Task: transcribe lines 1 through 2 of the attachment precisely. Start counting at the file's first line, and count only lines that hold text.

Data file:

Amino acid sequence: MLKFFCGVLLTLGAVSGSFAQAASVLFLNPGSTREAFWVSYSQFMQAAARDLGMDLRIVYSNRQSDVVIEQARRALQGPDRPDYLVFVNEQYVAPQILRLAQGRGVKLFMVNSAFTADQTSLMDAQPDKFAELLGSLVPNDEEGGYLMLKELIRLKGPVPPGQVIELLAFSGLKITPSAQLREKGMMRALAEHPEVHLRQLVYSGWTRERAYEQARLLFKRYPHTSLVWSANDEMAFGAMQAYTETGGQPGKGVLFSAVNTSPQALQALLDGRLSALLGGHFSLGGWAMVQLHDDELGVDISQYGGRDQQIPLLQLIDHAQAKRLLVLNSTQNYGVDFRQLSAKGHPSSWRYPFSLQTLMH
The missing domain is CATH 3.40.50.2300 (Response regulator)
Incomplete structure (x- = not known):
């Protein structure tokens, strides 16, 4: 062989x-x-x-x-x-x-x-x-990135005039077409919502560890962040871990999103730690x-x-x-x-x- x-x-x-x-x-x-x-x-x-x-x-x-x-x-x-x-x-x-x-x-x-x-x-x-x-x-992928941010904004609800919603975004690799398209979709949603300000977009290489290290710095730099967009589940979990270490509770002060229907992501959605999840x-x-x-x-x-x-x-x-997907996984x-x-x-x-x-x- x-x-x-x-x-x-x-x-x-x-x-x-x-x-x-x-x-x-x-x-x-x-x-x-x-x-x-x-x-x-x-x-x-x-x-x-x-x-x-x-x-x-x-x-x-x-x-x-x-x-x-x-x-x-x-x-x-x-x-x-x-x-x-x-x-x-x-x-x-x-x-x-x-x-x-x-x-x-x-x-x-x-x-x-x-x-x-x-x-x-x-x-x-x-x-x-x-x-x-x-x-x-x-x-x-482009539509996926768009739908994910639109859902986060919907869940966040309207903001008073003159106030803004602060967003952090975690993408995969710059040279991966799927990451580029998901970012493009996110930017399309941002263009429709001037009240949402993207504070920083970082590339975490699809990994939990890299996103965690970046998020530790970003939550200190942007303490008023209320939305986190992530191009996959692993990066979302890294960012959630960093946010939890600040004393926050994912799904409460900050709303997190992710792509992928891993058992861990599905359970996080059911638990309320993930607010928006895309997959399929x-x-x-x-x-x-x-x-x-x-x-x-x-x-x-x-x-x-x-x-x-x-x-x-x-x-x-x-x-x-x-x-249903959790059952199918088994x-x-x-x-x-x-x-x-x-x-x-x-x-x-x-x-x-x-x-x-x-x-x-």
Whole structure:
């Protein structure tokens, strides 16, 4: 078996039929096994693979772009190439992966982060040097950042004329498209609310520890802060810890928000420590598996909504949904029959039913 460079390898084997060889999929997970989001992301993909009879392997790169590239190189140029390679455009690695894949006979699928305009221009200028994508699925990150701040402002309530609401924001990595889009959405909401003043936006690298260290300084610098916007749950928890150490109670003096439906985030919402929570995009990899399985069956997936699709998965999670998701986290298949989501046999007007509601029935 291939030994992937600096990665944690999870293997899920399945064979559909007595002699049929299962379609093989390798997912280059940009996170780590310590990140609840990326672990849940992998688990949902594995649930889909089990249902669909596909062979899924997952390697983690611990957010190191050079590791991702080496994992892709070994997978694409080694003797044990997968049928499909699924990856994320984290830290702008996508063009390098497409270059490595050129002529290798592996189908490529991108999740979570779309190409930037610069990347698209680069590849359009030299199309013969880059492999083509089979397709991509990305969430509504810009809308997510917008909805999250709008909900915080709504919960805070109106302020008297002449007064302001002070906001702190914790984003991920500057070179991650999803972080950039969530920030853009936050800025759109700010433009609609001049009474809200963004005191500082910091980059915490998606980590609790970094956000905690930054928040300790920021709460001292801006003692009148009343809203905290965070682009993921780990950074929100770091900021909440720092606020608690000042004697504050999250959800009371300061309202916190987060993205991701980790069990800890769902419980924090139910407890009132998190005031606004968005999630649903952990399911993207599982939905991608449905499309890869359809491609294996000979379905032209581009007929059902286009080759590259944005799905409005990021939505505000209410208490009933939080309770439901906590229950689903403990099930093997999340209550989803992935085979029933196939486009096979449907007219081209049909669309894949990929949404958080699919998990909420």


Amino acid sequence: MLKFFCGVLLTLGAVSGSFAQAASVLFLNPGSTREAFWVSYSQFMQAAARDLGMDLRIVYSNRQSDVVIEQARRALQGPDRPDYLVFVNEQYVAPQILRLAQGRGVKLFMVNSAFTADQTSLMDAQPDKFAELLGSLVPNDEEGGYLMLKELIRLKGPVPPGQVIELLAFSGLKITPSAQLREKGMMRALAEHPEVHLRQLVYSGWTRERAYEQARLLFKRYPHTSLVWSANDEMAFGAMQAYTETGGQPGKGVLFSAVNTSPQALQALLDGRLSALLGGHFSLGGWAMVQLHDDELGVDISQYGGRDQQIPLLQLIDHAQAKRLLVLNSTQNYGVDFRQLSAKGHPSSWRYPFSLQTLMH
The missing domain is CATH 3.40.50.2300 (Response regulator)